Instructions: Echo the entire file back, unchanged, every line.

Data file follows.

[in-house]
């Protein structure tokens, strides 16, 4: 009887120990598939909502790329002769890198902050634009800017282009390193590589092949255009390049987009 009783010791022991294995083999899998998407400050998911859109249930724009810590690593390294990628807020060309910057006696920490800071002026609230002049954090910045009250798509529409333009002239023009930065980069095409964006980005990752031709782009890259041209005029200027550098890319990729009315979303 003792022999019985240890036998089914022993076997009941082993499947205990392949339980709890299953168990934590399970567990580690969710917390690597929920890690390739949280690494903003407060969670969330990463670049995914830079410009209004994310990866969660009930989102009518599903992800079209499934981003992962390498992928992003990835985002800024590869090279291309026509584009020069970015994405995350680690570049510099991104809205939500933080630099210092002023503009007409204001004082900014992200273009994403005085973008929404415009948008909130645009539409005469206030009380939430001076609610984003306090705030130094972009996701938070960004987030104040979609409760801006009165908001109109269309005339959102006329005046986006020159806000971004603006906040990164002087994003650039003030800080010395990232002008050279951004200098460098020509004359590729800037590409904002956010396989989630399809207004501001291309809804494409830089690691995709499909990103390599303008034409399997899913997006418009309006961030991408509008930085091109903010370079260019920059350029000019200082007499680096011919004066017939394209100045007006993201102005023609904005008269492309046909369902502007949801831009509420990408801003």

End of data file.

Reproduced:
[in-house]
């Protein structure tokens, strides 16, 4: 009887120990598939909502790329002769890198902050634009800017282009390193590589092949255009390049987009 009783010791022991294995083999899998998407400050998911859109249930724009810590690593390294990628807020060309910057006696920490800071002026609230002049954090910045009250798509529409333009002239023009930065980069095409964006980005990752031709782009890259041209005029200027550098890319990729009315979303 003792022999019985240890036998089914022993076997009941082993499947205990392949339980709890299953168990934590399970567990580690969710917390690597929920890690390739949280690494903003407060969670969330990463670049995914830079410009209004994310990866969660009930989102009518599903992800079209499934981003992962390498992928992003990835985002800024590869090279291309026509584009020069970015994405995350680690570049510099991104809205939500933080630099210092002023503009007409204001004082900014992200273009994403005085973008929404415009948008909130645009539409005469206030009380939430001076609610984003306090705030130094972009996701938070960004987030104040979609409760801006009165908001109109269309005339959102006329005046986006020159806000971004603006906040990164002087994003650039003030800080010395990232002008050279951004200098460098020509004359590729800037590409904002956010396989989630399809207004501001291309809804494409830089690691995709499909990103390599303008034409399997899913997006418009309006961030991408509008930085091109903010370079260019920059350029000019200082007499680096011919004066017939394209100045007006993201102005023609904005008269492309046909369902502007949801831009509420990408801003």